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THURSDAY, DECEMBER 14, 2006
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Alabama head coach Mark Gottfried has dealt with a patchwork lineup at times because of the absences of center Jermareo Davidson and guard Ron Steele.
AP photo by Dan Lopez
Alabama head coach Mark Gottfried has dealt with a patchwork lineup at times because of the absences of center Jermareo Davidson and guard Ron Steele.

Alabama’s patchwork lineup
With stars Steele and Davidson missing time, Crimson Tide has had to rely on other sources

By Josh Cooper
jcooper@decaurdaily.com· 340-2460

TUSCALOOSA — It’s tough to confuse Alabama basketball coach Mark Gottfried with Dr. Victor Frankenstein. He lacks the evil eyes, funky haircut or mind bent on world domination.

But with starting guard Ron Steele almost continuously nursing injuries and starting center Jermareo Davidson dealing with personal issues, Gottfried has needed a little of the mad-scientist mindset in formulating all kinds of practice and game schemes.

“You do the best job you can. We just haven’t had two starters practicing,” Gottfried said. “We feel a little bit out of sync because we’re practicing without one or two guys.”

Davidson, a 6-foot-10 senior, ranks second on the team with 14.9 points a game and leads the Southeastern Conference with 10.6 rebounds. Steele, a 6-3 junior, averages 12.7 points and 5.0 assists a game.

Even with the uncertainty surrounding their availability in games and practice, Alabama has done well enough to compile an 8-1 record and reach the ninth spot in the latest Associated Press rankings.

“Without (Steele and Davidson), we’re missing a lot of big time scorers who can create shots on their own,” said Alabama sophomore Richard Hendrix, an Athens High graduate. “We’re all stepping up to this challenge. We just have to do whatever it takes to keep winning.”

Early in the season, Steele struggled with a bad knee. The injury caused him to miss two games, and when he didn’t play, that robbed Alabama of a preseason All-America point guard. While Gottfried tried to pace Steele in hopes that he would get better, his status never changed much.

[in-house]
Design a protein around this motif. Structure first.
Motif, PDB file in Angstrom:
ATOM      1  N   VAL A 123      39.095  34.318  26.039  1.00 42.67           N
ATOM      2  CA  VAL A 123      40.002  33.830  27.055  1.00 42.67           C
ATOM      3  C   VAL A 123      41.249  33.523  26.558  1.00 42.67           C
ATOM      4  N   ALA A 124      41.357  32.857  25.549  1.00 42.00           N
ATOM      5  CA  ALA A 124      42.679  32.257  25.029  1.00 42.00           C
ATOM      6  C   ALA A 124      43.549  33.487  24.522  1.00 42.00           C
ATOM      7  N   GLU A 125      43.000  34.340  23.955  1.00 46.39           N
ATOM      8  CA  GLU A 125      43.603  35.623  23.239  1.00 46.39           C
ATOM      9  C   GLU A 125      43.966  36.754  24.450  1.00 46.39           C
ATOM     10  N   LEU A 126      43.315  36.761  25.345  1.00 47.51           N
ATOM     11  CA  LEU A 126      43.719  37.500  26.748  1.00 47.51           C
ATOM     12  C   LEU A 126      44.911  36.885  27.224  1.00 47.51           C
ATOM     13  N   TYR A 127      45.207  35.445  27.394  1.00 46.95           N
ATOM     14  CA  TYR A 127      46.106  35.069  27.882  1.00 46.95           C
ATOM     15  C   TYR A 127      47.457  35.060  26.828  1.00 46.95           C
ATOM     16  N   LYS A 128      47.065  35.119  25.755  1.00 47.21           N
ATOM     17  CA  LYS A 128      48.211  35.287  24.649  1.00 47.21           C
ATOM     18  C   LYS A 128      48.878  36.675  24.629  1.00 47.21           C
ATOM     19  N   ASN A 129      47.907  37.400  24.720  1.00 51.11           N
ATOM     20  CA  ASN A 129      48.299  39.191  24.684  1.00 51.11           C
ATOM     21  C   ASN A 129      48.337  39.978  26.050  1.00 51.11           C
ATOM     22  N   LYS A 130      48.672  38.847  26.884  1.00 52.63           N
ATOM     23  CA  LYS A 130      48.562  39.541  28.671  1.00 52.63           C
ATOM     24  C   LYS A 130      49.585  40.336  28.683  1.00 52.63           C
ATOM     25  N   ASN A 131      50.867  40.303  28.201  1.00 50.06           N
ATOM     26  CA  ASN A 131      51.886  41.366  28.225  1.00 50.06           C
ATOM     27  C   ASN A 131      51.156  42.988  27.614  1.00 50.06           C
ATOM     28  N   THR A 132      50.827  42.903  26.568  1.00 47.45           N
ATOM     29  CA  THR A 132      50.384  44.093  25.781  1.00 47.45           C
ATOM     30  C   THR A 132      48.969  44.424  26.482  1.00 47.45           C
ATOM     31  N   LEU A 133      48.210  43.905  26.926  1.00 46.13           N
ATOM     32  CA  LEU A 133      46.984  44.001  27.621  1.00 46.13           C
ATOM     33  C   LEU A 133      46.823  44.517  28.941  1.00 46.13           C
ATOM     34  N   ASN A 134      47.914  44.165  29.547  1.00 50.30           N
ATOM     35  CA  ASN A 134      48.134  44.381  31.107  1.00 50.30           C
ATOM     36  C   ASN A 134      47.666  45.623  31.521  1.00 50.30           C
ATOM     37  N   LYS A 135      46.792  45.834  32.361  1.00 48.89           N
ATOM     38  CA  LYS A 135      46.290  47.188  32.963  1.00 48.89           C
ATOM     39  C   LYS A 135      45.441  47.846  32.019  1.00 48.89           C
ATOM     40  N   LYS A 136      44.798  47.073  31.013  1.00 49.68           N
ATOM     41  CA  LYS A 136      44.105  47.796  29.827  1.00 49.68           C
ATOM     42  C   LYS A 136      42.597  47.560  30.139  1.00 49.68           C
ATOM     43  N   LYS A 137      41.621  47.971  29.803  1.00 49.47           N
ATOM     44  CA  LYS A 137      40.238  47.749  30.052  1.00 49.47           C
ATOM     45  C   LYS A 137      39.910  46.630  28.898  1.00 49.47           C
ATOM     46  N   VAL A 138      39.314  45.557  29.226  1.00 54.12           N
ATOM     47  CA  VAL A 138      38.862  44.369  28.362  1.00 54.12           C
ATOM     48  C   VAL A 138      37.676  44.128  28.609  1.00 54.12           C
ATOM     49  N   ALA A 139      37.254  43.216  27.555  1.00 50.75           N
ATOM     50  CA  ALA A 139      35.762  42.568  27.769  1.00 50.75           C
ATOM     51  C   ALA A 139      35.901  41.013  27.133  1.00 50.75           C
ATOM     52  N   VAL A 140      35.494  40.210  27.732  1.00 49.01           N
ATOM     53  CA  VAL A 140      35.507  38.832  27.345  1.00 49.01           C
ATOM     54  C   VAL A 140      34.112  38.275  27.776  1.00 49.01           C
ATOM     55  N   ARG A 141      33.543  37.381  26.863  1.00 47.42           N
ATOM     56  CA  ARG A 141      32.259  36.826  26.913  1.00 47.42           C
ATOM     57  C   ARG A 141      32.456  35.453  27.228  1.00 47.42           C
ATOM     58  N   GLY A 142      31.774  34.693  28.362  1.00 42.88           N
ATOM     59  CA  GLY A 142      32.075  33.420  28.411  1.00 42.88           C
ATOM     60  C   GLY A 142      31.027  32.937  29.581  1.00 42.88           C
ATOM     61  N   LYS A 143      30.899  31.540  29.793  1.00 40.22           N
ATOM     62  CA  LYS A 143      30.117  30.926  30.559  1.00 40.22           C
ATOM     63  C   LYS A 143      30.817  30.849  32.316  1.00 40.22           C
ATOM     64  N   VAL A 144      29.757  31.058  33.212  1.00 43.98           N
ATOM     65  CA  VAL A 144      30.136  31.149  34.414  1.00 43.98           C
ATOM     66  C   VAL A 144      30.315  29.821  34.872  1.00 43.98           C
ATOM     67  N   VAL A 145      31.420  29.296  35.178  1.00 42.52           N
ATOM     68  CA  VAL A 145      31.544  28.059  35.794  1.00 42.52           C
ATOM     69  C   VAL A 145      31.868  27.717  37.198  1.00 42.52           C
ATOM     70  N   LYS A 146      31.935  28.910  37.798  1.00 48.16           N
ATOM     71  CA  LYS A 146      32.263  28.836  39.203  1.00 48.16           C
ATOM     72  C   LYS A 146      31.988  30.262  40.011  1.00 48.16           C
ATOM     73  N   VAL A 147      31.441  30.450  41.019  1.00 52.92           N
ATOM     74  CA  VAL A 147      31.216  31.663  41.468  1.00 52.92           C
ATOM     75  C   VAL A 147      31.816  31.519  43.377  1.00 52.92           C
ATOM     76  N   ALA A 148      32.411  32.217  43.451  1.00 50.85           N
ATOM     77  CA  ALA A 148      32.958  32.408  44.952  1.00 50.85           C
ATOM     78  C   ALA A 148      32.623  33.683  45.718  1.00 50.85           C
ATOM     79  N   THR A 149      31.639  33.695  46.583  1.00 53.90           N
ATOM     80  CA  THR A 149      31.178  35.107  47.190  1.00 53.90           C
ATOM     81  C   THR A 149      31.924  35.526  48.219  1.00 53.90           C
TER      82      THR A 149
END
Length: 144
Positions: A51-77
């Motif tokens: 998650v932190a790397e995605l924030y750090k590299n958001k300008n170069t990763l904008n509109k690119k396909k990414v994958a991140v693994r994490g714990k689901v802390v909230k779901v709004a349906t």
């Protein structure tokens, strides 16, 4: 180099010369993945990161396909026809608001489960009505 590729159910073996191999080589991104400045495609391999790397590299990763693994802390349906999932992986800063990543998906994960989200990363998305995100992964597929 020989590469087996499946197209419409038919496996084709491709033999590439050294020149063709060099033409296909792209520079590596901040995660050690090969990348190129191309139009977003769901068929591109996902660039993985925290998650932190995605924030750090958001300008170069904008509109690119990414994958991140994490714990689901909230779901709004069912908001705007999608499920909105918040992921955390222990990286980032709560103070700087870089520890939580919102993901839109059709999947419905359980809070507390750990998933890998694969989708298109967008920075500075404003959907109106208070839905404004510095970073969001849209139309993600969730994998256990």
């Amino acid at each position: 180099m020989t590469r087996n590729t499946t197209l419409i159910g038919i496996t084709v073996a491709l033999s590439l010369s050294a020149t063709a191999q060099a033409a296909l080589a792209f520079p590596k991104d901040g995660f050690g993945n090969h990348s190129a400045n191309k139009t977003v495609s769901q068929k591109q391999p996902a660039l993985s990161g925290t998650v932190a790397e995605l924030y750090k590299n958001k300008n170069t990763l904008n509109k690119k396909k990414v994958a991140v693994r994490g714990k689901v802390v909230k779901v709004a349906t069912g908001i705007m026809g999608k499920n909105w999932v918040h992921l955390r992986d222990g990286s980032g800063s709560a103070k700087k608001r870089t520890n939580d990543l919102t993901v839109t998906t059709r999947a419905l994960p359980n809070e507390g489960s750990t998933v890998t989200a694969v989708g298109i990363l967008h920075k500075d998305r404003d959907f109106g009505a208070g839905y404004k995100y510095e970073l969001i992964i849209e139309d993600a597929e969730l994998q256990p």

And then in a loss at Notre Dame on Thursday, Steele compounded the problem by hurting his ankle, which forced him to miss Saturday’s win over Alabama State.

On top of that, Davidson has had to deal with personal tragedy. On Nov. 12, Davidson was involved in a car accident in Atlanta in which his girlfriend was killed.

That came five days after his brother was critically injured in a car accident. His brother is still in the hospital.

Dealing with the aftermath has caused Davidson to miss two games and eight or nine practices, according to Gottfried’s estimate.

Davidson also missed enough class that he withdrew from school Friday, just before the end of the university’s semester.

On Wednesday, the NCAA allowed him to return to the squad and school.

The NCAA has a waiver where it allows student-athletes who have endured tragic circumstances to withdraw from school for that semester and return to their teams and schools the next semester.

While Gottfried has had to work as a sort of trainer for Steele and a friend for Davidson, he also has to work as a coach. And he has faced a big challenge in finding ways to have his team gel with two of its biggest players in and out of the lineup.

When Steele hasn’t played, Gottfried has moved Mykal Riley into his slot. While Riley does not quite have Steele’s offensive touch, he has more than held his own, averaging 11.9 points a game while shooting 35.8 percent from 3-point range.

His size — he is 6-6 — coupled with his quickness add a dimension that Steele cannot bring.

“I didn’t think I would get as much playing time,” Riley said. “I’m making the most of my opportunity and making the most of my playing time.”

To make up for Davidson’s absence, Hendrix has stepped forward.

This is nothing new for Hendrix, who also saw his role in the offense increase last year when then-senior Chuck Davis tore a knee ligament in January.

Against Alabama State on Saturday, Hendrix put up a career-high 34 points.

“I guess without Jermareo, last game I took his touches,” Hendrix said.

Surviving without the top guns

Alabama center Jermareo Davidson, the SEC’s leading rebounder, has missed two games, and preseason All-America point guard Ron Steele has sat out three. Even so, the ninth-ranked CrimsonTide has compiled an 8-1 record.

  • When Davidson missed the opening round of the Paradise Jam tournament, Richard Hendrix had 16 points, eight rebounds and two blocked shots in a 71-62 win over Middle Tennessee State.
  • Steele missed a home game against Louisiana-Monroe, but Mykal Riley had 22 points in a 75-61 win by Alabama.
  • Hendrix had 34 points and 10 rebounds when Steele and Davidson missed Alabama’s 92-58 win over Alabama State.
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